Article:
How often do you and I hear bad news and we just worry about it instead of going to God in prayer? Nehemiah immediately prayed, “5 … “O Lord God of heaven, the great and awesome God who keeps covenant and steadfast love with those who love him and keep his commandments, 6 let your ear be attentive and your eyes open, to hear the prayer of your servant that I now pray before you day and night for the people of Israel your servants, confessing the sins of the people of Israel, which we have sinned against you. Even I and my father’s house have sinned.” First, Nehemiah recognized who God was. He also expected to hear from Him. Nehemiah acknowledged himself as a servant and sinner. He also prayed for others; specifically, the people of Israel and these prayers went on 24/7. Talk about commitment! The man believed in what he was praying and in whom he was praying to, and he didn’t waver.

Nehemiah also knew the scriptures. Through his prayer, he not only confesses his personal sins but those of his people, and he recalled the laws given to Moses in verses 7-9. Specifically, these verses encourage me to stay in God’s word so when I am facing struggles, I can recall His promises just as Nehemiah did. He drew comfort from the truths he knew.

Nehemiah was direct in his prayer as well which can be seen in verse 11 “O Lord, let your ear be attentive to the prayer of your servant, and to the prayer of your servants who delight to fear your name, and give success to your servant today, and grant him mercy in the sight of this man.” Nehemiah prayed boldly, and he prayed a big prayer. He was specific in what he was asking God to do and in the following verses we see his prayer paid off. He was placed in a situation which allowed God to grant his request. This can be seen as scripture states, “2 In the month of Nisan, in the twentieth year of King Artaxerxes, when wine was before him, I took up the wine and gave it to the king. Now I had not been sad in his presence. 2 And the king said to me, “Why is your face sad, seeing you are not sick? This is nothing but sadness of the heart.” Then I was very much afraid. 3 I said to the king, “Let the king live forever! Why should not my face be sad, when the city, the place of my fathers’ graves, lies in ruins, and its gates have been destroyed by fire?” 4 Then the king said to me, “What are you requesting?” So I prayed to the God of heaven. 5 And I said to the king, “If it pleases the king, and if your servant has found favor in your sight, that you send me to Judah, to the city of my fathers’ graves, that I may rebuild it.” And guess what? The king allowed Nehemiah to return to Judah to do as he requested.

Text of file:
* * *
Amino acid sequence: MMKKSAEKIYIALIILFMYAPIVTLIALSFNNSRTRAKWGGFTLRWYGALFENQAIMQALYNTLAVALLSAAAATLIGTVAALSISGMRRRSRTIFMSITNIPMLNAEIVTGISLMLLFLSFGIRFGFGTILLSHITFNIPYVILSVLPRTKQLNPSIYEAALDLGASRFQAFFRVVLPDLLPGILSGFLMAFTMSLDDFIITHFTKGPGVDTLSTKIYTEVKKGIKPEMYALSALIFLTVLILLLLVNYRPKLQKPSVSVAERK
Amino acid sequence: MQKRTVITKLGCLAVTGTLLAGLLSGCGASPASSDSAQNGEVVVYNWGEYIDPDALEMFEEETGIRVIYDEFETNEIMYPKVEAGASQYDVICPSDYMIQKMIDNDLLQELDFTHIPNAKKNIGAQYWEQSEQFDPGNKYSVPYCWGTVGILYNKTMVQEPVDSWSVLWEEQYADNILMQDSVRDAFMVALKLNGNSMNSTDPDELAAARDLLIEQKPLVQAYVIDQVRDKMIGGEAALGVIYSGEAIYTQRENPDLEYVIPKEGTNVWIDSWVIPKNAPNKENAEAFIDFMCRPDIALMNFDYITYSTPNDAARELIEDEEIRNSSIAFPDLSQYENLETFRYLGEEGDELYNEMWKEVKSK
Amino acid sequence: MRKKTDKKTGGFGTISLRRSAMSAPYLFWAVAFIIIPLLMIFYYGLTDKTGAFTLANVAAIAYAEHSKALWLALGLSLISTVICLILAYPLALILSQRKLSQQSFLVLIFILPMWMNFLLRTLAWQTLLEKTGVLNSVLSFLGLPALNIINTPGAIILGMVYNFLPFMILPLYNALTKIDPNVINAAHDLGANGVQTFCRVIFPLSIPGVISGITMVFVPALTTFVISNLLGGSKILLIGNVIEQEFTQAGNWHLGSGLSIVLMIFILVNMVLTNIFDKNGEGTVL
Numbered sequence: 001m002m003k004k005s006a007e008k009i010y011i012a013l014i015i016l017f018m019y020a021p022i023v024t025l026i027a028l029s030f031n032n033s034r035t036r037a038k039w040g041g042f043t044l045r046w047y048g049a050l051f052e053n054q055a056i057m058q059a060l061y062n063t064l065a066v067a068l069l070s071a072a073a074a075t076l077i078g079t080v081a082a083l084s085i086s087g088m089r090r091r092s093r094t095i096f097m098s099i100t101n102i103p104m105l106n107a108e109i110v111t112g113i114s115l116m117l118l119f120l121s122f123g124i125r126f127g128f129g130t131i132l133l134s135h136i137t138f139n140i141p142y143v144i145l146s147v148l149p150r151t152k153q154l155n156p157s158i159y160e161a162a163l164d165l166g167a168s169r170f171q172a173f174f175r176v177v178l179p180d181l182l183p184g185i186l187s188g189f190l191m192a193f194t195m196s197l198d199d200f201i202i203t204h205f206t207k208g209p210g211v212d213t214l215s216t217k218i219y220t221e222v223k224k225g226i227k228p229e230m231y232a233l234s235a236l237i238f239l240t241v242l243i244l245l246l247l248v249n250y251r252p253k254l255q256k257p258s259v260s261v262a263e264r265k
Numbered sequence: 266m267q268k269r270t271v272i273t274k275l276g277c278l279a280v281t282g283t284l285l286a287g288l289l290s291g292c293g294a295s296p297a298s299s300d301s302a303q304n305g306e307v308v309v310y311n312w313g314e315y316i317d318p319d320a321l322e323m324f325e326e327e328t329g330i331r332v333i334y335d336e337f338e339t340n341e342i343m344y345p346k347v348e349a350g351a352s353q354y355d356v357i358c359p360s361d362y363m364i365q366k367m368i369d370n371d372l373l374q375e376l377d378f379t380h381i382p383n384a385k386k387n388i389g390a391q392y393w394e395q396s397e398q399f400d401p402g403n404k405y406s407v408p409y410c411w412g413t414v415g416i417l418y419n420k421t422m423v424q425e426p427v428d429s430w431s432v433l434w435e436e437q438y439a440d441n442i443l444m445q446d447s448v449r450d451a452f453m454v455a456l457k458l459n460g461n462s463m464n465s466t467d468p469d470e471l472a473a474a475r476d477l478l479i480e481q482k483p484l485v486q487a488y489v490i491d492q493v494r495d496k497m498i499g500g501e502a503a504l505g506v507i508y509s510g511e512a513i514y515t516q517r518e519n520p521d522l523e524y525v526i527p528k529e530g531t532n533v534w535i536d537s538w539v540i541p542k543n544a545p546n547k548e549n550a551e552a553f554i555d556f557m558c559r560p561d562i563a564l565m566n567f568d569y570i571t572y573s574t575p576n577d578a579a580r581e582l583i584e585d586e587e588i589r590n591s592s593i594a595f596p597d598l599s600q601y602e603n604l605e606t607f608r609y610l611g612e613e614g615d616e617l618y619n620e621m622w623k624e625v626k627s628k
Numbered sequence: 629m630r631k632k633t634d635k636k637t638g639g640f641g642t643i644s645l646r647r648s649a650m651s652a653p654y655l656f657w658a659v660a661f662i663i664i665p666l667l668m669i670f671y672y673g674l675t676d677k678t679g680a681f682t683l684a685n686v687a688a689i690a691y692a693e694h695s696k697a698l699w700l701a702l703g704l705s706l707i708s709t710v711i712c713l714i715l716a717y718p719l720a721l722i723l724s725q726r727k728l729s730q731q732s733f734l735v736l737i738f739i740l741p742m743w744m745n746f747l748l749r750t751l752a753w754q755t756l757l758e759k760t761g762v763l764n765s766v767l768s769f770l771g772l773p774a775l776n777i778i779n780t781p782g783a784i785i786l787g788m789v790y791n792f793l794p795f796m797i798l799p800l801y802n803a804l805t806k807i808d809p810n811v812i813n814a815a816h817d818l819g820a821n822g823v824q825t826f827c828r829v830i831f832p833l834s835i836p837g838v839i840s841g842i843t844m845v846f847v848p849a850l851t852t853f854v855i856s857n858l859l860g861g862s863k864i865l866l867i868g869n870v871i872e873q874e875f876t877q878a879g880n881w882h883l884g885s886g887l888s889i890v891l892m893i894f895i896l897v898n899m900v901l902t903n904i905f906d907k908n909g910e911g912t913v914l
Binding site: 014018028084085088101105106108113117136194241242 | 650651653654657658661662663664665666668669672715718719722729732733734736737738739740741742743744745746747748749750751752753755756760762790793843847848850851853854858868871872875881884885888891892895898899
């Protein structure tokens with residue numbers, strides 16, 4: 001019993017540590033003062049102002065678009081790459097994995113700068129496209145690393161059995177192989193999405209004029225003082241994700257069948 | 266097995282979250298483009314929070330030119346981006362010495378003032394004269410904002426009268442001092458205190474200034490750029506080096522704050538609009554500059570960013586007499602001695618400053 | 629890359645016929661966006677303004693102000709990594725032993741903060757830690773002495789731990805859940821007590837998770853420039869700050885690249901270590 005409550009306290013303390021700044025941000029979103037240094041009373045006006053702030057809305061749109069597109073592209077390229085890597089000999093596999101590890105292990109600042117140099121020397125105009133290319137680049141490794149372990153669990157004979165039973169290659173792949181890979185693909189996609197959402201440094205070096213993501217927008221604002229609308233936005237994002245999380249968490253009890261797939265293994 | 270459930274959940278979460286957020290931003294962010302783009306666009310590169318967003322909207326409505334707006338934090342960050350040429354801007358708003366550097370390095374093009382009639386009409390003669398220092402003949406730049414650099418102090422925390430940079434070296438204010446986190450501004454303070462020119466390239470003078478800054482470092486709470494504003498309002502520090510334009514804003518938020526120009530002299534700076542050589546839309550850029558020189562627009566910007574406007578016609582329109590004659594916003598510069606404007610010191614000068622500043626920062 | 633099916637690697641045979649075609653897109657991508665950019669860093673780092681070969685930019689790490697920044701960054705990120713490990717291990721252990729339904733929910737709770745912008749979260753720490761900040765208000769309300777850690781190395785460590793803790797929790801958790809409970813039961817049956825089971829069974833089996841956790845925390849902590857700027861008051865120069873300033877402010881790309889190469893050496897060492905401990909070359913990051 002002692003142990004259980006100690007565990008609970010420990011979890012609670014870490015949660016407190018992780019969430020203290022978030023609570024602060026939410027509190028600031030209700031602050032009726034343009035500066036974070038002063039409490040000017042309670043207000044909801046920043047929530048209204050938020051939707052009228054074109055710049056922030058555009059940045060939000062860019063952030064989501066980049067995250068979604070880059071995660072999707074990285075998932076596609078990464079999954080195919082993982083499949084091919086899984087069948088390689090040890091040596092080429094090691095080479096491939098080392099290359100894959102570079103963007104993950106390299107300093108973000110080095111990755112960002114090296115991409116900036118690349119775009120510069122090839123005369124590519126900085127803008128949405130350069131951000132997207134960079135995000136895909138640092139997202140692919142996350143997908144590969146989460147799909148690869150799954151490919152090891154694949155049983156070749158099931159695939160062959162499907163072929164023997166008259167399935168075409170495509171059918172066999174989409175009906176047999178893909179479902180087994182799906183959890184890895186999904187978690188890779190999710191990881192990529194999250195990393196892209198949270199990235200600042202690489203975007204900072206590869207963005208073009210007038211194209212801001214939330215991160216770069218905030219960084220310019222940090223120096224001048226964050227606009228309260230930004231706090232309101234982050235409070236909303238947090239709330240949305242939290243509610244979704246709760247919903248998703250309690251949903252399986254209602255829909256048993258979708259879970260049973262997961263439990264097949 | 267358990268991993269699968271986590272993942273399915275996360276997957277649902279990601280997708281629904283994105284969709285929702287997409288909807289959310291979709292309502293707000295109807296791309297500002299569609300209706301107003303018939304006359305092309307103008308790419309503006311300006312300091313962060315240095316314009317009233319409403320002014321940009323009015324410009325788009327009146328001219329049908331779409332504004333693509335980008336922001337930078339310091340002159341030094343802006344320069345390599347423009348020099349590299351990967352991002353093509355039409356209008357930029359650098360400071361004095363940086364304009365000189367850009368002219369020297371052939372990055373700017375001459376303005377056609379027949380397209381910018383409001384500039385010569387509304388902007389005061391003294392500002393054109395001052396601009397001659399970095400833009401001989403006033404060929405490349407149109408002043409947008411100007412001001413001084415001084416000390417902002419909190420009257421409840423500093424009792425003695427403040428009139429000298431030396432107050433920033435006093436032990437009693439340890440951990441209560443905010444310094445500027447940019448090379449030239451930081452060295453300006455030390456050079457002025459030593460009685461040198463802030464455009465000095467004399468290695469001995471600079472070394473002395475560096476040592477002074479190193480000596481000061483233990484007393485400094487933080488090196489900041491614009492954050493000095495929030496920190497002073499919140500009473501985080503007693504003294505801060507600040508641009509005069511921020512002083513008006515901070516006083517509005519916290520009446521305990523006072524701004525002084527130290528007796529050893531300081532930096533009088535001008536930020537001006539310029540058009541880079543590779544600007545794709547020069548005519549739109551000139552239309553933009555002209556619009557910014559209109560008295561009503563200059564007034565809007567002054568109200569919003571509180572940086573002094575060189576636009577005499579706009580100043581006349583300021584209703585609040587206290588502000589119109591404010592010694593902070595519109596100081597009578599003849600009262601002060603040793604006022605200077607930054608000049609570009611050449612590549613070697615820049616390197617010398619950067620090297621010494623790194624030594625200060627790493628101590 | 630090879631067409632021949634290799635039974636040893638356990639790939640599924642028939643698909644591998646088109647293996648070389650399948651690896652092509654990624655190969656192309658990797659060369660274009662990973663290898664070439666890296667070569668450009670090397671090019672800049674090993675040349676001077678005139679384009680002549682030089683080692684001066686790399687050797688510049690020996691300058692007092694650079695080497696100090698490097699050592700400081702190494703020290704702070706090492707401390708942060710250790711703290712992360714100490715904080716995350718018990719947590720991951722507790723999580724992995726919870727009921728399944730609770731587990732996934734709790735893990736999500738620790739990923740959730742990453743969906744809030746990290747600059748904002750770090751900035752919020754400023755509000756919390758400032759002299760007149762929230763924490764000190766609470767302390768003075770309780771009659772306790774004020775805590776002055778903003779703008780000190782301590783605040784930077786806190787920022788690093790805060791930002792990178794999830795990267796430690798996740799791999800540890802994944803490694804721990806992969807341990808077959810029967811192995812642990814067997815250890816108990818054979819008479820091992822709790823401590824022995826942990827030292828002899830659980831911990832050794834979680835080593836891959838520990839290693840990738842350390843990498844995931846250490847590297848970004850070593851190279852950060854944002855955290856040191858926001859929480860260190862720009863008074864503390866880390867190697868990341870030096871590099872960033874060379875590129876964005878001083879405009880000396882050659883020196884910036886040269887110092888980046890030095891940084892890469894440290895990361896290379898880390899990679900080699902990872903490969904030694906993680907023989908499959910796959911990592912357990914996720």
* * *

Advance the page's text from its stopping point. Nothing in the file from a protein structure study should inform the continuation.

This story likely would have a different outcome had Nehemiah not responded to the news about his homeland as he did through prayer and fasting. It convicts me to have my priorities right, as well as my expectations. My priority should be to study God’s word so I can draw on its lessons for situations that arise in my life. I also have to remember that prayer is my first and most important line of defense. A direct line to God and the knowledge that I have His ear just as Nehemiah did all those years ago…now that’s encouraging to me, and I hope it is to you as well. I also need to pray expectantly as Nehemiah did. When I pray, I can expect an answer whether it’s the one I wanted or not. So I hope that through this story you have been encouraged just as I have. Whatever you are facing in life, there is no doubt every situation will be easier to face when you turn to God first and trust Him with everything.